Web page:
McDonald's rolled out healthier Chicken McNuggets at its Canadian restaurants a month ago — and health experts are laughing.
An ad for the "better" nuggets, posted on YouTube earlier this month, shows a boy and girl sitting down to eat at McDonald's. The boy later turns out be the girl's father.
A narrator says, "We all want what's best for our kids."
That quote has some health advocates chuckling and scoffing, according to CBC News.
A McDonald's 10-piece chicken McNuggets is photographed at the Times Square location in New York on March 4, 2015. (Photo: Shannon Stapleton/Reuters)
Bill Jeffery, executive director of Ottawa's Centre for Health Science and Law, called the ad "grossly misleading."
"What they're advocating is so far removed from good nutrition, it's almost kind of laughable," he added.
Meanwhile, Edmonton dietitian Emily Mardell found it problematic that a line like that "set up the whole ad."
McDonald's has spent about a year revamping its popular McNugget after the fast food giant said it would stop using chicken raised with antibiotics in March 2015, Forbes reported.
The new nuggets are preservative-free, and the chain hasn't had to find an alternative because its inventory turns around so quickly, the magazine added.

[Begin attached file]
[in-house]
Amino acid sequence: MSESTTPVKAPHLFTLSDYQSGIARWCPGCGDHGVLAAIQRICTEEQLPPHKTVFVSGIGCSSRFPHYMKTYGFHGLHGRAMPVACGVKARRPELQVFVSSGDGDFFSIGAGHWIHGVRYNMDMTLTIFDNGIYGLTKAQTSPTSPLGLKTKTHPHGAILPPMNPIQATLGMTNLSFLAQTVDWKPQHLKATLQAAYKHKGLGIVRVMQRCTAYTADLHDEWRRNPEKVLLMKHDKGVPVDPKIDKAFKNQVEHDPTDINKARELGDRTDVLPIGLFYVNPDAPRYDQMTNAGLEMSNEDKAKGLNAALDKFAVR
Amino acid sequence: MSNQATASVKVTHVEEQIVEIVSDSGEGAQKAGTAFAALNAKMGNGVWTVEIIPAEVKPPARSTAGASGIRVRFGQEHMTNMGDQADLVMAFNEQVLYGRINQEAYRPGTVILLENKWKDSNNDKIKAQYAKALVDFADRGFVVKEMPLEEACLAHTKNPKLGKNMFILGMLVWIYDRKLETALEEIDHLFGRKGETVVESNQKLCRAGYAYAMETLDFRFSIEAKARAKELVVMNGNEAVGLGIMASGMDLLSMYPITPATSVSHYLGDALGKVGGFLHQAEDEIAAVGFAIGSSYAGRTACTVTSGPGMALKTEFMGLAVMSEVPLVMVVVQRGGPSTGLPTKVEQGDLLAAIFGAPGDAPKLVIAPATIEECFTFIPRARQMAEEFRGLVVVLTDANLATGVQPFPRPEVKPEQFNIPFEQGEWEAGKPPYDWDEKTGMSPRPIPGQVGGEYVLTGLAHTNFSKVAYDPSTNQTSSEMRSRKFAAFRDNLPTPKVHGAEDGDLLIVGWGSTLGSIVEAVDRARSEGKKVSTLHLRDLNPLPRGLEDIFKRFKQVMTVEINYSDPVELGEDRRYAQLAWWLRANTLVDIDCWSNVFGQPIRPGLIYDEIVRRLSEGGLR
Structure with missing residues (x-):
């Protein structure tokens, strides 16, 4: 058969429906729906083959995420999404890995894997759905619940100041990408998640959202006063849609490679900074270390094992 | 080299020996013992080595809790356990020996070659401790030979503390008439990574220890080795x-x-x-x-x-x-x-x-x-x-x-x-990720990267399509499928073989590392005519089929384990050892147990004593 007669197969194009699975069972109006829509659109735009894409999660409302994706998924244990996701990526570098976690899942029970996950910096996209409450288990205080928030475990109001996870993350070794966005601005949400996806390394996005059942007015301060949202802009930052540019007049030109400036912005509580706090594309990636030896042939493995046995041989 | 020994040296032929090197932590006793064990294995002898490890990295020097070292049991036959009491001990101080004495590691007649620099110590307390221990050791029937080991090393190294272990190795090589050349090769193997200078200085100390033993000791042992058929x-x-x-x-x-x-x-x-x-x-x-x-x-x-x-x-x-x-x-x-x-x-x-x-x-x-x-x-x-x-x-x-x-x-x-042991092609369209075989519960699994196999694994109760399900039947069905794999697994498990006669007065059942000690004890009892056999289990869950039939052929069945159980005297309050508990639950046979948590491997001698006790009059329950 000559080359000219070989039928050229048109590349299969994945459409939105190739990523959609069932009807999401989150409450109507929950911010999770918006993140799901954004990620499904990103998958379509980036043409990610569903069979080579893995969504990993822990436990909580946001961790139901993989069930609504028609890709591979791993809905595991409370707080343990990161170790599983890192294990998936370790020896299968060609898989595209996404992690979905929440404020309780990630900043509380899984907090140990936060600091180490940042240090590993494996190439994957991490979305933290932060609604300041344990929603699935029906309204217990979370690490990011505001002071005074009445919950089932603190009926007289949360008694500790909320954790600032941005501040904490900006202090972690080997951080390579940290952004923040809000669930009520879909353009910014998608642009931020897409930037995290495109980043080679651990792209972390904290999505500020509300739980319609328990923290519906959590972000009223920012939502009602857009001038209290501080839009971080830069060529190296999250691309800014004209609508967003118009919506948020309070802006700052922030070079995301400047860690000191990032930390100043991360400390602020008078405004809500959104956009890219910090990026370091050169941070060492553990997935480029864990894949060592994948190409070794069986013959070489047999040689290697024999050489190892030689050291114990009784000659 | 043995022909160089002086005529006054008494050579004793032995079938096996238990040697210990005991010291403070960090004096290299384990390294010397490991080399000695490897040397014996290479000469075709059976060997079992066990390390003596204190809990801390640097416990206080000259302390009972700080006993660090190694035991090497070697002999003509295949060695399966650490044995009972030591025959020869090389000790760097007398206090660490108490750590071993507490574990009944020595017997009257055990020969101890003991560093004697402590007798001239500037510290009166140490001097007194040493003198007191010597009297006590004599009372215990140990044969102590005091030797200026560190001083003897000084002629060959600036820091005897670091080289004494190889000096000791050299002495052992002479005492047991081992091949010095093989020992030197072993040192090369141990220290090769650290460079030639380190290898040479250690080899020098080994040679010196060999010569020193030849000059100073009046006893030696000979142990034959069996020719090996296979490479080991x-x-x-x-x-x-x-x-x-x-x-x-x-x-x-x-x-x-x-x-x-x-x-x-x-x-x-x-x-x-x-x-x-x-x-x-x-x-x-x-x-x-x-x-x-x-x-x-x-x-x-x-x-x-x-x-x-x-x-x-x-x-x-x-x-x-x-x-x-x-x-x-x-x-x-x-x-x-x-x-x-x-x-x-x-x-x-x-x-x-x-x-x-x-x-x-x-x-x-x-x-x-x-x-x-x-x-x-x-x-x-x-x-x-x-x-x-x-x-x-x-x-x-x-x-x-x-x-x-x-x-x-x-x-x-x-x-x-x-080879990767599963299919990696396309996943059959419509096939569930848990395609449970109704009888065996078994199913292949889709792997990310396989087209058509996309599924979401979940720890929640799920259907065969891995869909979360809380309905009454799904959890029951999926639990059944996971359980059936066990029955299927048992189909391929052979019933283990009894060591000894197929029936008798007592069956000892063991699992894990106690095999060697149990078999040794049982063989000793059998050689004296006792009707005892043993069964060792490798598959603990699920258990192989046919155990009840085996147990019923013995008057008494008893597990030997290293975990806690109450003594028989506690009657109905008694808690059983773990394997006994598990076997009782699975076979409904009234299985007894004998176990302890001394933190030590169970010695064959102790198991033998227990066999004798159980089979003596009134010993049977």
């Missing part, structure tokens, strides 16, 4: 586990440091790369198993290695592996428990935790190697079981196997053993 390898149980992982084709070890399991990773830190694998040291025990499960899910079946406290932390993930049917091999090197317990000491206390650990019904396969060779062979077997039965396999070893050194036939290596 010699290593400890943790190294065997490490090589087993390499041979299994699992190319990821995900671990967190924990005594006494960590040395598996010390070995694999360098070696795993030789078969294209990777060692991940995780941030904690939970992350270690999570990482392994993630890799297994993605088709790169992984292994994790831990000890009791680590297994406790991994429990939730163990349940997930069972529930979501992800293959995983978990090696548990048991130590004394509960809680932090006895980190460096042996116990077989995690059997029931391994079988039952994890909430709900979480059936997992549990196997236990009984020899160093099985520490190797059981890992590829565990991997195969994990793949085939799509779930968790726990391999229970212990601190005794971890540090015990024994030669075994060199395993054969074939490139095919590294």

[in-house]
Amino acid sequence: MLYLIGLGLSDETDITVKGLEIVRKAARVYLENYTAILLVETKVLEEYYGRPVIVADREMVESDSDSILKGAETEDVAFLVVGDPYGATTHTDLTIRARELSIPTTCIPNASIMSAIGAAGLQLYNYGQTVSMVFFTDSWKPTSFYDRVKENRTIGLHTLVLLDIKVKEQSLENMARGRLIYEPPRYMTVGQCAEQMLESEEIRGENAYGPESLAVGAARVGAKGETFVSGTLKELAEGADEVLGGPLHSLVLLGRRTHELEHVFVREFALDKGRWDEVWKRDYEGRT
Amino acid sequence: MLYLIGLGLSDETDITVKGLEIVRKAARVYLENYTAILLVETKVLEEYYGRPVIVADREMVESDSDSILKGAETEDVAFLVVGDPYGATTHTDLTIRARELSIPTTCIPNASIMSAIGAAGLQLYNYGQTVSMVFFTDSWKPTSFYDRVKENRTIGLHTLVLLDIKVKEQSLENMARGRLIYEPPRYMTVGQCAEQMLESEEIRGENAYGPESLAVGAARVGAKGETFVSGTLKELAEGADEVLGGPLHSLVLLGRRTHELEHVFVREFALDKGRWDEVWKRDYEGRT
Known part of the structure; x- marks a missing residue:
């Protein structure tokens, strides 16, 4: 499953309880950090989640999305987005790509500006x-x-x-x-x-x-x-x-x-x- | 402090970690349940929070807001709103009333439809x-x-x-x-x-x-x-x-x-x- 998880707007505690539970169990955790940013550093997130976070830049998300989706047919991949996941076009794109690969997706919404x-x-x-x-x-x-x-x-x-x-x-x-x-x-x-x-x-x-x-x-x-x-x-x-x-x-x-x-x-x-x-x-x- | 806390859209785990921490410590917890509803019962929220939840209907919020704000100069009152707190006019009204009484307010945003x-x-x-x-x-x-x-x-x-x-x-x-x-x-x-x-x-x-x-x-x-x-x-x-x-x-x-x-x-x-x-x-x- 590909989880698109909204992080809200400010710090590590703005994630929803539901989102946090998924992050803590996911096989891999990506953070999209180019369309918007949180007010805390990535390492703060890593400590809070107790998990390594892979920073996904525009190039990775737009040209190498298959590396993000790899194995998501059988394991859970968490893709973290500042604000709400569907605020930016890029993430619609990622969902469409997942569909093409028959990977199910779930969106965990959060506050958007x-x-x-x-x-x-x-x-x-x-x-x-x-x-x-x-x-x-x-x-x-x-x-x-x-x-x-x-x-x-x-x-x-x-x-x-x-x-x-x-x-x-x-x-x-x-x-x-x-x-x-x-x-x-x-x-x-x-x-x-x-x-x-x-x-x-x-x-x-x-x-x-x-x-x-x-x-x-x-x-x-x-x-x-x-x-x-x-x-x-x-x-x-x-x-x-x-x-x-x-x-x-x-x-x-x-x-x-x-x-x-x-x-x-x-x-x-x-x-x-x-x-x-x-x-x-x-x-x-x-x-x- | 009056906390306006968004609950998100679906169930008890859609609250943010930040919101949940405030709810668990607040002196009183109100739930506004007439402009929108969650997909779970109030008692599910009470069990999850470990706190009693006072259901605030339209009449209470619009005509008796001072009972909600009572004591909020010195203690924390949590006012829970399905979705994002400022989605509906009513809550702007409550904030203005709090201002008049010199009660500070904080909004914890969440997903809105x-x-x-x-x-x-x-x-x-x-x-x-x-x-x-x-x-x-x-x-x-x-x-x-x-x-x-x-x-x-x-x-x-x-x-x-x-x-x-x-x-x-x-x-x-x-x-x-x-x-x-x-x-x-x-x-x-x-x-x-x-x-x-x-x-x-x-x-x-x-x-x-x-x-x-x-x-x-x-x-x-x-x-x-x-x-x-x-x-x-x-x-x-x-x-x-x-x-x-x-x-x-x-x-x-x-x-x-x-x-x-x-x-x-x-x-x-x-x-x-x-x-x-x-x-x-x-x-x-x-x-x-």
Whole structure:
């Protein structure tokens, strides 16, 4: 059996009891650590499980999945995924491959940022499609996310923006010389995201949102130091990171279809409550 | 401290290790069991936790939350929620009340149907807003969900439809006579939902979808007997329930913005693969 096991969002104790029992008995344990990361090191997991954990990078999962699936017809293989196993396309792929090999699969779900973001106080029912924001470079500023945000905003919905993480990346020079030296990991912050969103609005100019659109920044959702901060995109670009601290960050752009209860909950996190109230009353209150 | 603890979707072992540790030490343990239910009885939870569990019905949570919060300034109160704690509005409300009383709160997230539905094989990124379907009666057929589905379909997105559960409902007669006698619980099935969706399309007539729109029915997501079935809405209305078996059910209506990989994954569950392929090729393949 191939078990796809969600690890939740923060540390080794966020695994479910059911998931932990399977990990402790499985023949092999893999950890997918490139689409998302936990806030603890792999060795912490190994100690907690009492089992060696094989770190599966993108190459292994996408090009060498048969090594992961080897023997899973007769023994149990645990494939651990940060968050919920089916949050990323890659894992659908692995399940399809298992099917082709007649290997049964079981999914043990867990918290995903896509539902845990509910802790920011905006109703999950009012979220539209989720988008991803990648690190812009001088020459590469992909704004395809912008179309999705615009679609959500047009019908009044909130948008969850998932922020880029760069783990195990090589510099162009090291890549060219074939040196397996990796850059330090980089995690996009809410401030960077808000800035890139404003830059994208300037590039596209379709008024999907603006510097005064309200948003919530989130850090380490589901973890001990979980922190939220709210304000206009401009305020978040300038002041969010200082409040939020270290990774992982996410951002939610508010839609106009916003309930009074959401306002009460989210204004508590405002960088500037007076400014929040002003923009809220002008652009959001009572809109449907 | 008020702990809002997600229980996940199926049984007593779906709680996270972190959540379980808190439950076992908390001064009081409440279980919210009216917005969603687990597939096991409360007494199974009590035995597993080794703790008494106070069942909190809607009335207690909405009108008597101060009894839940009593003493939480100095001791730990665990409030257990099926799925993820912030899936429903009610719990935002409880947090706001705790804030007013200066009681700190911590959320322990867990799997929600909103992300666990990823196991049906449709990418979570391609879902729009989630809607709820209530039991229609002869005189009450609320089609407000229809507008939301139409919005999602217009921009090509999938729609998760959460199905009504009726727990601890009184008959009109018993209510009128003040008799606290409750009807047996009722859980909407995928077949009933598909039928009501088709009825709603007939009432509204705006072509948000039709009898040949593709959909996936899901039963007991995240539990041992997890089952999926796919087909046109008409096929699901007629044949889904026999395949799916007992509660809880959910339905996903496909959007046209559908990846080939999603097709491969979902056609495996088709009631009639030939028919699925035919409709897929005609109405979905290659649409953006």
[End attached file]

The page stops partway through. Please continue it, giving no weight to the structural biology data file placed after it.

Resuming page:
A McDonald's restaurant in Paris, France on June 13. (Photo: Jacky Naegelen/Reuters)
McNuggets are prepared differently in the Great White North: the company's Canadian arm has taken out ingredients such as safflower oil, chicken skin, and TBHQ (a preservative that extends a food's shelf life) from its cooking oil, reducing the McNuggets' nutritional content from 180 to 170 calories.
"We did lots of consumer research," McDonald's Canada director of menu management Nicola Pitman told the Toronto Star. "Anybody would be hard-pressed to tell the difference."
A Canadian flag waves beside McDonalds fast food restaurant in Toronto on May 1, 2014. (Photo: Mark Blinch/Reuters)
The new McNugget is just the latest move in a broader effort to revamp the McDonald's menu.
The company has also revealed plans to take high-fructose corn syrup out of its burger buns.
But even that move has been criticized. Taking such an ingredient out of the buns won't necessarily make them healthier, Michael Jacobson, executive director at the Centre for Science in the Public Interest, said earlier this month.
McDonald's has also started using margarine instead of butter in its Egg McMuffins, and has been putting spinach and kale in its salads.